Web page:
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Bo Hyun Kim 2 Articles
Secondary hyperparathyroidism due to multiple parathyroid carcinomas in a patient with chronic hemodialysis: a case report
Soree Ryang, Wook Yi, Mijin Kim, Sang Heon Song, Byung Joo Lee, Bo Hyun Kim
Kosin Med J. 2022;37(3):255-259.   Published online July 27, 2022
DOI: https://doi.org/10.7180/kmj.22.103
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Abstract PDFPubReader   ePub   CrossRef-TDMCrossref - TDM
Parathyroid carcinoma (PC) in cases of secondary or tertiary hyperparathyroidism is relatively uncommon, and only a few case reports have described this entity. Although some papers have reported patients with one or two parathyroid malignancies, multiple PC–especially three or more–have been even more rarely reported. Herein, we report a case of secondary hyperparathyroidism due to multiple PCs in a chronic hemodialysis patient. A 54-year-old man with end-stage kidney disease was referred for hyperparathyroidism. He had been diagnosed with chronic kidney disease in 2001 and had begun hemodialysis in 2009. In laboratory tests, intact parathyroid hormone (iPTH) was markedly elevated to 1,144.1 pg/mL (normal range: 15.0–68.3 pg/mL) and serum calcium was mildly elevated to 10.56 mg/dL (normal range: 8.5–10.3 mg/dL). Ultrasonography showed hypoechoic nodules in the posterior part of both thyroid glands. All three nodules showed increased uptake on a 99mTc sestamibi scan. The patient underwent total parathyroidectomy with autotransplantation to the right forearm. Histopathology findings showed three PCs with capsular invasion and one parathyroid hyperplasia. In the immediate postoperative period, the iPTH level dropped from 1,446.8 to 82.4 pg/dL and, after 1 month, to 4.0 pg/dL. This patient needed oral calcium carbonate and active vitamin D to maintain appropriate serum calcium levels. Although multiple PCs are rare, they can cause secondary hyperparathyroidism. Therefore, clinicians should suspect multiple PCs when patients’ serum iPTH levels are exceptionally high. Additionally, since PCs could occur in multiple glands, autotransplantation of the parathyroid gland after parathyroidectomy should be done carefully.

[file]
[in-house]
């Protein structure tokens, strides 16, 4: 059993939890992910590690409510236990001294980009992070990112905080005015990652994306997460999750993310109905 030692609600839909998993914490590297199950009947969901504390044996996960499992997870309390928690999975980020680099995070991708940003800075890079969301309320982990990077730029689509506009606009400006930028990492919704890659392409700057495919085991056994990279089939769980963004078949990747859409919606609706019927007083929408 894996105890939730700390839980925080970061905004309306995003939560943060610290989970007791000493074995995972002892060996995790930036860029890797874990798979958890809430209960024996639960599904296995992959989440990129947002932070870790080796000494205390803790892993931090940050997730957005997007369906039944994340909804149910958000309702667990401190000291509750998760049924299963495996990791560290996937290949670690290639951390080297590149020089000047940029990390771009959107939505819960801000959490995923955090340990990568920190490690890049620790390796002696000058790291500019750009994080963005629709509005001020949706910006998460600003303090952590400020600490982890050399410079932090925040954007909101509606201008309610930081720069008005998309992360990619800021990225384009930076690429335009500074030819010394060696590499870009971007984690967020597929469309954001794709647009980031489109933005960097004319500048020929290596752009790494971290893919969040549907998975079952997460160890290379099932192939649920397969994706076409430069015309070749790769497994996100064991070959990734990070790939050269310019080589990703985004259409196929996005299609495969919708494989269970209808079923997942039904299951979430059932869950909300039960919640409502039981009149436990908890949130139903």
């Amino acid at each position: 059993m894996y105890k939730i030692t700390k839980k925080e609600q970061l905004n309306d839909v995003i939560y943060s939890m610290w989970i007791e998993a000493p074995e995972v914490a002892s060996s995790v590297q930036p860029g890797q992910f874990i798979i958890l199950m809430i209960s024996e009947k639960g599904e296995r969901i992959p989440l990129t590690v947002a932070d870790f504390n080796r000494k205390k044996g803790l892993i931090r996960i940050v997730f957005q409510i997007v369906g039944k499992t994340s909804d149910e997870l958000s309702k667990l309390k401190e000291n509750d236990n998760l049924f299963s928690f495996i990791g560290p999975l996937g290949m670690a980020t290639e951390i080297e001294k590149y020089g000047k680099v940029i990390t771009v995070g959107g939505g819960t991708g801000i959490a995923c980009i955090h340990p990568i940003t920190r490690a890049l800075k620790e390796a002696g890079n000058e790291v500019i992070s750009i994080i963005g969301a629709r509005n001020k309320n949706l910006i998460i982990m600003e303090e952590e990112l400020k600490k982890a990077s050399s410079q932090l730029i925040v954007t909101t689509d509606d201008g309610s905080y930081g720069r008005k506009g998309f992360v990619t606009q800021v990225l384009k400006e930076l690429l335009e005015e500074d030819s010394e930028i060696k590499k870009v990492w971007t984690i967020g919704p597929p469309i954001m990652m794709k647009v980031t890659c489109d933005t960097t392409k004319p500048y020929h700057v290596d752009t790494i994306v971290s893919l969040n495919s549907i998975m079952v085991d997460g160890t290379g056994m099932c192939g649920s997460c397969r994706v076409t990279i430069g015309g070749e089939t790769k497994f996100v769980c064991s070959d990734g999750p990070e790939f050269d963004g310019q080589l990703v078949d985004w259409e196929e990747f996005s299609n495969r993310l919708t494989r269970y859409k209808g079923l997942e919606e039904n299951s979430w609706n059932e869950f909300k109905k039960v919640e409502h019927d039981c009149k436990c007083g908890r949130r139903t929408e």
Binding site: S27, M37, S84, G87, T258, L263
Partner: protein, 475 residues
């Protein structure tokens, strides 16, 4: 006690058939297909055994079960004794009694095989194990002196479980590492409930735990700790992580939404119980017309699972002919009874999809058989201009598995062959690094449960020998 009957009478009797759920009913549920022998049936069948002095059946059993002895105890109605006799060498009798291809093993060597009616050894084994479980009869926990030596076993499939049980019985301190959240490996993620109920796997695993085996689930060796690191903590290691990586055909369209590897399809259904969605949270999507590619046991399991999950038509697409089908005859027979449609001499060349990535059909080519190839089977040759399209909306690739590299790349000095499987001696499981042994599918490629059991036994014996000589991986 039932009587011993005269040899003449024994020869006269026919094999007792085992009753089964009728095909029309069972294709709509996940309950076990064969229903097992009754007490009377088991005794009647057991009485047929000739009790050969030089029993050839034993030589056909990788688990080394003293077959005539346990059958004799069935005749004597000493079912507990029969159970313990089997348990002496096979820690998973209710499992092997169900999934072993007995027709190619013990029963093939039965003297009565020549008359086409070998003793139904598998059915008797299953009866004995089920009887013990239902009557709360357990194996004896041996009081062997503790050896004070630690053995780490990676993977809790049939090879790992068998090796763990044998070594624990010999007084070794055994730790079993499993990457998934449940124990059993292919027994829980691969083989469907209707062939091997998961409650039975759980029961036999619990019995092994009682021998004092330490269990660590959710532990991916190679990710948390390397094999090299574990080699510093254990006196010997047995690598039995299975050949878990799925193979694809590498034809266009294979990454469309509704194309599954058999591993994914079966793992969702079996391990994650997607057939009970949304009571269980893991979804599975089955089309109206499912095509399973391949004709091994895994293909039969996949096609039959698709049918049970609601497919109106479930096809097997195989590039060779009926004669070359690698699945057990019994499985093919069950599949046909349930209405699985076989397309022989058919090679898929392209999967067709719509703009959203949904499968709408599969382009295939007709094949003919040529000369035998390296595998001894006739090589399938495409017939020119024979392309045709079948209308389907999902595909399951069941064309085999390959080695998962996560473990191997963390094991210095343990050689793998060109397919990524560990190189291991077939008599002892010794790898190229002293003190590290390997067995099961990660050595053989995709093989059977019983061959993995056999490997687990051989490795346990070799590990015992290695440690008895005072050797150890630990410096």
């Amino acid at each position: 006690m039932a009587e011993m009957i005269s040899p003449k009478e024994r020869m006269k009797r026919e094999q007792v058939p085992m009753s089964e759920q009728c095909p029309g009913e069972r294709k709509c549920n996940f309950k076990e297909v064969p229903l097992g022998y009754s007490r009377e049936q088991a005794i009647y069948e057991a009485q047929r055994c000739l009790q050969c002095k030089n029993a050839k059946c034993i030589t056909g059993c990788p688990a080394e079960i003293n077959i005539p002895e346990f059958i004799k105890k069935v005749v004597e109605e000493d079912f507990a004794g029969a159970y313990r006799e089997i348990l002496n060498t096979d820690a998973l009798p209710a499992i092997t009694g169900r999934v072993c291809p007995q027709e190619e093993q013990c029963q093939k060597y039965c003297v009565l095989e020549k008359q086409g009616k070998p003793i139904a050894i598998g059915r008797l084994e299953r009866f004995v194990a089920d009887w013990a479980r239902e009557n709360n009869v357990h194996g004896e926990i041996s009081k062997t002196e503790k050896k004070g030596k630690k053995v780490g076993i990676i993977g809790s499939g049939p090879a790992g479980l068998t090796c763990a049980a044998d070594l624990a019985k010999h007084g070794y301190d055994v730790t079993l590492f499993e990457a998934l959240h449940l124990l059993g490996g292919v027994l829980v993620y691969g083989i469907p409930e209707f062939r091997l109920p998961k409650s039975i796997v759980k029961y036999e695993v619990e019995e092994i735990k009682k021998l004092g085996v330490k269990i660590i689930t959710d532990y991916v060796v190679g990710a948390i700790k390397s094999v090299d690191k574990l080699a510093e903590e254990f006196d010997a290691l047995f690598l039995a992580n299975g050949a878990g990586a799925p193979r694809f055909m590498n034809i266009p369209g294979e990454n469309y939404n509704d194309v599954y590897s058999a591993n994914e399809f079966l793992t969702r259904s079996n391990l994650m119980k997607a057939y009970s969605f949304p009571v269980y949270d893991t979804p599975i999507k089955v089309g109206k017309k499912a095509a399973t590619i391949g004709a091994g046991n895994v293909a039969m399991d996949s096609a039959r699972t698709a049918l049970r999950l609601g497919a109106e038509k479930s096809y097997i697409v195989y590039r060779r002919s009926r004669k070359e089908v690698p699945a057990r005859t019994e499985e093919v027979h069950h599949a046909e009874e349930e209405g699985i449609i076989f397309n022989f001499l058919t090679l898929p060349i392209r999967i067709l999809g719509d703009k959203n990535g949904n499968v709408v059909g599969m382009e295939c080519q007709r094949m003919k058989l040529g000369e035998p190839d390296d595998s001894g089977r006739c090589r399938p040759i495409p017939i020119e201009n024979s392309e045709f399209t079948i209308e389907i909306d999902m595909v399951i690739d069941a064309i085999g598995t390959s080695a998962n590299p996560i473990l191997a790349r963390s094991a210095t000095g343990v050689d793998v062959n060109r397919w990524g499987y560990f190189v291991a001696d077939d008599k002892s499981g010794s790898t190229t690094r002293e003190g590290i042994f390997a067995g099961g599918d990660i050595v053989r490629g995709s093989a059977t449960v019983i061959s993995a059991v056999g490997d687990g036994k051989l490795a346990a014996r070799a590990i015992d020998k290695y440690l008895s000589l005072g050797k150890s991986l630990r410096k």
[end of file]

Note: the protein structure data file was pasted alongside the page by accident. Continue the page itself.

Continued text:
A Case of F-18 FDG PET-CT Detection of Sporadic Medullary Thyroid Carcinoma and Cervical Lymph Node Metastasis of Ovarican Cancer
Joo Wan Seo, Chang Jun Park, Yun Kyung Jeon, Sang Soo Kim, Bo Hyun Kim, In Ju Kim
Kosin Med J. 2012;27(1):51-56.   Published online June 11, 2012
DOI: https://doi.org/10.7180/kmj.2012.27.1.51
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Abstract PDFPubReader   ePub   CrossRef-TDMCrossref - TDM

Medullary thyroid carcinoma (MTC) is derived from the parafollicular or C-cells. As surgical resection is the only curative therapy for MTC, the early diagnosis is important for the patient's survival. F18-Fluorodeoxyglucose positron emission tomography-computed tomography (F-18 FDG PET CT) is a noninvasive imaging method which can be used to diagnose malignant thyroid tumors including recurrent or residual MTC. However, due to the limitations of this technique, it is difficult to differentiate benign from malignant thyroid tumors. We herein present a 47-year-old woman with ovarian cancer history who was found to have thyroid incidentaloma with metastatic cervical lymph node through F-18 FDG PET CT. Thyroid incidentaloma of the patient was examined by fine needle aspiration and the result of this diagnostic procedure showed suspicious MTC. The patient was subsequently diagnosed as having sporadic medullary thyroid carcinoma and metastatic cervical lymph node due to ovarian cancer.


KMJ : Kosin Medical Journal